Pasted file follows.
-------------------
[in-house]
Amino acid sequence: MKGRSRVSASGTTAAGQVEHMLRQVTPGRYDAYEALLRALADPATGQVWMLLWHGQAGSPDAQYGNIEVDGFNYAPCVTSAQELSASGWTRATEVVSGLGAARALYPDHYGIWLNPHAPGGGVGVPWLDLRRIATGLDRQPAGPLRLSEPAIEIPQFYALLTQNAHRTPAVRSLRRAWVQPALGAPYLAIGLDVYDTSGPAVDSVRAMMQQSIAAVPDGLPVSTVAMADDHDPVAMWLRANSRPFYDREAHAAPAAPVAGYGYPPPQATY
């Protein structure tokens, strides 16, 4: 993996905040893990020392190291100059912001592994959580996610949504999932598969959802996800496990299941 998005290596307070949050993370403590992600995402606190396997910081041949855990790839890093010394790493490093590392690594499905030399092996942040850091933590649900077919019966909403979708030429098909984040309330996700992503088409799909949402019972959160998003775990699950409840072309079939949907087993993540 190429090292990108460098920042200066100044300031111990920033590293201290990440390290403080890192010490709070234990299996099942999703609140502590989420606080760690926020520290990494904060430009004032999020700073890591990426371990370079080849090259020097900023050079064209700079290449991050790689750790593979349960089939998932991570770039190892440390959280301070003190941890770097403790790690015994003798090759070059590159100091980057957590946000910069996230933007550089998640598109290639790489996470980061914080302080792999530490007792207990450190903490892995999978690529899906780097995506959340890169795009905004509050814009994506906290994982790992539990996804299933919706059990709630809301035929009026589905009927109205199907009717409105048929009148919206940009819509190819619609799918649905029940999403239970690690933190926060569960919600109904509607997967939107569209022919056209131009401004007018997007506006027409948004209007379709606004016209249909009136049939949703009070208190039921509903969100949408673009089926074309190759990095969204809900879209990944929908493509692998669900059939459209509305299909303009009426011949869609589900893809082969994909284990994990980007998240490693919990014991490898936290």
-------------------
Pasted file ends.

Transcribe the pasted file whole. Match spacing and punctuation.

[in-house]
Amino acid sequence: MKGRSRVSASGTTAAGQVEHMLRQVTPGRYDAYEALLRALADPATGQVWMLLWHGQAGSPDAQYGNIEVDGFNYAPCVTSAQELSASGWTRATEVVSGLGAARALYPDHYGIWLNPHAPGGGVGVPWLDLRRIATGLDRQPAGPLRLSEPAIEIPQFYALLTQNAHRTPAVRSLRRAWVQPALGAPYLAIGLDVYDTSGPAVDSVRAMMQQSIAAVPDGLPVSTVAMADDHDPVAMWLRANSRPFYDREAHAAPAAPVAGYGYPPPQATY
């Protein structure tokens, strides 16, 4: 993996905040893990020392190291100059912001592994959580996610949504999932598969959802996800496990299941 998005290596307070949050993370403590992600995402606190396997910081041949855990790839890093010394790493490093590392690594499905030399092996942040850091933590649900077919019966909403979708030429098909984040309330996700992503088409799909949402019972959160998003775990699950409840072309079939949907087993993540 190429090292990108460098920042200066100044300031111990920033590293201290990440390290403080890192010490709070234990299996099942999703609140502590989420606080760690926020520290990494904060430009004032999020700073890591990426371990370079080849090259020097900023050079064209700079290449991050790689750790593979349960089939998932991570770039190892440390959280301070003190941890770097403790790690015994003798090759070059590159100091980057957590946000910069996230933007550089998640598109290639790489996470980061914080302080792999530490007792207990450190903490892995999978690529899906780097995506959340890169795009905004509050814009994506906290994982790992539990996804299933919706059990709630809301035929009026589905009927109205199907009717409105048929009148919206940009819509190819619609799918649905029940999403239970690690933190926060569960919600109904509607997967939107569209022919056209131009401004007018997007506006027409948004209007379709606004016209249909009136049939949703009070208190039921509903969100949408673009089926074309190759990095969204809900879209990944929908493509692998669900059939459209509305299909303009009426011949869609589900893809082969994909284990994990980007998240490693919990014991490898936290």